On April 19, 250,000 Indonesians paid public homage to the memory of Sutan Sjahrir, the Sumatra-born socialist leader of the early Indonesian Republic and its first premier. He had spent the last four years of his life as a prisoner of President Sukarno, that sinister, aging buffoon, because he had opposed the authoritarian spirit of Sukarno’s “guided democracy.” Released in 1965, his health broken by a series of imprisonments under the Dutch, the Japanese, and then his compatriots, Sjahrir was a stricken man who had already lost his power of speech. A few weeks later he died in a Swiss hospital.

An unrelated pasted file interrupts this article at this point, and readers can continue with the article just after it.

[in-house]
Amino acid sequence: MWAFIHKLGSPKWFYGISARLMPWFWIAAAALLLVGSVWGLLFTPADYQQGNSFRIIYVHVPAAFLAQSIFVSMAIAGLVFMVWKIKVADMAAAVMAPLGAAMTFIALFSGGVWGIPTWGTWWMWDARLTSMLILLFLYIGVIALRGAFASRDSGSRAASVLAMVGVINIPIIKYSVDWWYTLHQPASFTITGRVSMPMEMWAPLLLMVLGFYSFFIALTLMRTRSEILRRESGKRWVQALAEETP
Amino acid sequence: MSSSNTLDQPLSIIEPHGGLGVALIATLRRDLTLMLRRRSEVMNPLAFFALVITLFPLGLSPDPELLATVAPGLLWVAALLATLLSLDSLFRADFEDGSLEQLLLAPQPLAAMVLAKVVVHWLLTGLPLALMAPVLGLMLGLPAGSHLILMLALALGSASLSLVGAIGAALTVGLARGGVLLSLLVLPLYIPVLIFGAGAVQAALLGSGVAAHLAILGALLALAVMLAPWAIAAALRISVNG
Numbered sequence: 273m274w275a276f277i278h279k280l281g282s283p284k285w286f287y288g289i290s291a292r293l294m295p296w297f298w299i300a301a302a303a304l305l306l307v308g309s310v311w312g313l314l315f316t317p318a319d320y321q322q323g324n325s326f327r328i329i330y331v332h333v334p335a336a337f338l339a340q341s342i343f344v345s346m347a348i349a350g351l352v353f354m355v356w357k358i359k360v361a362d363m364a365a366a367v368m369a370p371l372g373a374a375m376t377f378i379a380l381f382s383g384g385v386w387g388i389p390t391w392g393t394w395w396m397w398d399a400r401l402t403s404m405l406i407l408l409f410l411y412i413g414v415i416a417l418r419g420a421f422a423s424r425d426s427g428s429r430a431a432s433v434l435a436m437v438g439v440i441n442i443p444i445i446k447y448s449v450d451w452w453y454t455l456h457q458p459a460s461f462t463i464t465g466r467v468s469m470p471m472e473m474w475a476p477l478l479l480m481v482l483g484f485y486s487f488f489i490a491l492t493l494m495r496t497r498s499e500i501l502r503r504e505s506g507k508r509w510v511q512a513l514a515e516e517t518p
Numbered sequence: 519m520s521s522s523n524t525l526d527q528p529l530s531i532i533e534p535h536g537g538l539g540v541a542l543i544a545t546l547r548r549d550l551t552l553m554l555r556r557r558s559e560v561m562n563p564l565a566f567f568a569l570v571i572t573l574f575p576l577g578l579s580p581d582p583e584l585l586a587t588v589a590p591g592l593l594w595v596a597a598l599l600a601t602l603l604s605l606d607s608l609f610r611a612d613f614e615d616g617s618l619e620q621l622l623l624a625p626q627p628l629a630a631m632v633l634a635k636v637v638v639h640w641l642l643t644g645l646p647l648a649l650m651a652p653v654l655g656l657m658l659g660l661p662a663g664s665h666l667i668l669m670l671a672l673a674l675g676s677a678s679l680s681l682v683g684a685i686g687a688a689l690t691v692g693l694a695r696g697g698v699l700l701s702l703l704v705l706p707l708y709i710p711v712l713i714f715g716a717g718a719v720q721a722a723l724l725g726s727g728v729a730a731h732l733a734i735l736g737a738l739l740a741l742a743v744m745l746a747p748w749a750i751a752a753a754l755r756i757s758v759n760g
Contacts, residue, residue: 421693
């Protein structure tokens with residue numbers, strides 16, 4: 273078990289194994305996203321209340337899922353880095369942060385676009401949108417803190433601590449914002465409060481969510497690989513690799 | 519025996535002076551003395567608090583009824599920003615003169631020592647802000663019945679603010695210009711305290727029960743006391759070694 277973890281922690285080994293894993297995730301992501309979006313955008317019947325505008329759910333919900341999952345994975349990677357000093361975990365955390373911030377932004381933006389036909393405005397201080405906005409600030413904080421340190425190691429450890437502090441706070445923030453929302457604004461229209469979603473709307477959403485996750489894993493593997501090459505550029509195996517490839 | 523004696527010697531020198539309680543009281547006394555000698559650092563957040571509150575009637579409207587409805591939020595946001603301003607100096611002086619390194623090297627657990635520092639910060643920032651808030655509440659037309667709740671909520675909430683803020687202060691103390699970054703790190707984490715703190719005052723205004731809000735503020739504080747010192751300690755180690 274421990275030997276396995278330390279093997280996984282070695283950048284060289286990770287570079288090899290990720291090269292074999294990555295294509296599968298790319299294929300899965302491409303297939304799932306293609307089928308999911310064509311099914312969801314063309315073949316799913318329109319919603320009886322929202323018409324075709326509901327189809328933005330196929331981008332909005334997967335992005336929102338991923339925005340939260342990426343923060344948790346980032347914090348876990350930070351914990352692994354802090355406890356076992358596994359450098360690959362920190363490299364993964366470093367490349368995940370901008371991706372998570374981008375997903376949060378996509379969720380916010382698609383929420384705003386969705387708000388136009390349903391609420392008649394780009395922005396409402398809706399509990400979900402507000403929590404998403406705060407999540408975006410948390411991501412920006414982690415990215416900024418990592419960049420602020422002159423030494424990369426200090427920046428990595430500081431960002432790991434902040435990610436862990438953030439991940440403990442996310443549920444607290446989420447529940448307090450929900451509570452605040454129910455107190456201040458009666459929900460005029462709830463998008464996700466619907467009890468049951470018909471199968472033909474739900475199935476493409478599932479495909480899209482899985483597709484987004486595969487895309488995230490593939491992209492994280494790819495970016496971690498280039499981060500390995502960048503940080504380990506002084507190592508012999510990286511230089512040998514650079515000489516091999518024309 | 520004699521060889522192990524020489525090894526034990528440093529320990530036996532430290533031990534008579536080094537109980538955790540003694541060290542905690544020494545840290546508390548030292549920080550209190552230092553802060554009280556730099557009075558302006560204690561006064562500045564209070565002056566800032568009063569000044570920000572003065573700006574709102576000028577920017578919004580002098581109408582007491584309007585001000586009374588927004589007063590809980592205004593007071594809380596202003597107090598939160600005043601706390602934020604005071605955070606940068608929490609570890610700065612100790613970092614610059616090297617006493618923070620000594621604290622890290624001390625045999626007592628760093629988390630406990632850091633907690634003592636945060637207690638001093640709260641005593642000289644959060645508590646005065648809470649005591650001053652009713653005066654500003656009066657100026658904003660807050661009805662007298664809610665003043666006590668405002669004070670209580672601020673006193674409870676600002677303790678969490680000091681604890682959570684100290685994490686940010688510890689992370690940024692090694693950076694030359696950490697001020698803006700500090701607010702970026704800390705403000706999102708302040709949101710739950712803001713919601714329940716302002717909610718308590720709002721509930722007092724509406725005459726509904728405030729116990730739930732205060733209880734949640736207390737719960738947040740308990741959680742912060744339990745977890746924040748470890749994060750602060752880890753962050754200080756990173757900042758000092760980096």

How bitter a commentary the parallel careers of Sjahrir and Sukarno form upon the destiny of Indonesia! Both had been leaders in the nationalist movement, and when Indonesia achieved independence, the two men were for a brief moment collaborators in trying to create a new nation. But soon it became clear that they were utterly different in spirit and quality. Sjahrir believed in the validity of Western political and cultural values as these would be adapted to an Indonesian context; he opposed the mindless xenophobia which Sukarno made into his special mark and which is often a prop for the authoritarianism tha...
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